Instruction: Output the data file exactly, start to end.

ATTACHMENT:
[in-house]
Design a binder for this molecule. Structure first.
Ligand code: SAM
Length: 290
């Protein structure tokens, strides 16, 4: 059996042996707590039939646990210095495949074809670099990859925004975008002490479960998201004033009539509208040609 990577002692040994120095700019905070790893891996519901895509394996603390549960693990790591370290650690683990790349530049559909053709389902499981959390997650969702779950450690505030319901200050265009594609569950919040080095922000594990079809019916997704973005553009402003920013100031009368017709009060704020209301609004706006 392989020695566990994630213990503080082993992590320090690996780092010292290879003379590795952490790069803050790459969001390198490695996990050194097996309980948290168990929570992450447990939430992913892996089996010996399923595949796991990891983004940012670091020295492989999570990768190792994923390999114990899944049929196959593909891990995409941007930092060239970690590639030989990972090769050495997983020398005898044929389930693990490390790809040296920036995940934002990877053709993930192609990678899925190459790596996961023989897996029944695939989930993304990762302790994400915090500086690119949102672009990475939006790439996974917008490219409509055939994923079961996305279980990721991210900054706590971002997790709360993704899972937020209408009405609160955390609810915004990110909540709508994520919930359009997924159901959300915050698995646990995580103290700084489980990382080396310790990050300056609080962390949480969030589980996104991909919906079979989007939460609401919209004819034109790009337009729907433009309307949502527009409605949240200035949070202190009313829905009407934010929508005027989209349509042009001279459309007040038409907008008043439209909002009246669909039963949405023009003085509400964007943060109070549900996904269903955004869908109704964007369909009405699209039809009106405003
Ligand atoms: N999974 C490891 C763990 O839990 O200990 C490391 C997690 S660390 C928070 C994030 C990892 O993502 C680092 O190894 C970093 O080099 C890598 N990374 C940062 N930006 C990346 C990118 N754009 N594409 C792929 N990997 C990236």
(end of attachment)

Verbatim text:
[in-house]
Design a binder for this molecule. Structure first.
Ligand code: SAM
Length: 290
């Protein structure tokens, strides 16, 4: 059996042996707590039939646990210095495949074809670099990859925004975008002490479960998201004033009539509208040609 990577002692040994120095700019905070790893891996519901895509394996603390549960693990790591370290650690683990790349530049559909053709389902499981959390997650969702779950450690505030319901200050265009594609569950919040080095922000594990079809019916997704973005553009402003920013100031009368017709009060704020209301609004706006 392989020695566990994630213990503080082993992590320090690996780092010292290879003379590795952490790069803050790459969001390198490695996990050194097996309980948290168990929570992450447990939430992913892996089996010996399923595949796991990891983004940012670091020295492989999570990768190792994923390999114990899944049929196959593909891990995409941007930092060239970690590639030989990972090769050495997983020398005898044929389930693990490390790809040296920036995940934002990877053709993930192609990678899925190459790596996961023989897996029944695939989930993304990762302790994400915090500086690119949102672009990475939006790439996974917008490219409509055939994923079961996305279980990721991210900054706590971002997790709360993704899972937020209408009405609160955390609810915004990110909540709508994520919930359009997924159901959300915050698995646990995580103290700084489980990382080396310790990050300056609080962390949480969030589980996104991909919906079979989007939460609401919209004819034109790009337009729907433009309307949502527009409605949240200035949070202190009313829905009407934010929508005027989209349509042009001279459309007040038409907008008043439209909002009246669909039963949405023009003085509400964007943060109070549900996904269903955004869908109704964007369909009405699209039809009106405003
Ligand atoms: N999974 C490891 C763990 O839990 O200990 C490391 C997690 S660390 C928070 C994030 C990892 O993502 C680092 O190894 C970093 O080099 C890598 N990374 C940062 N930006 C990346 C990118 N754009 N594409 C792929 N990997 C990236």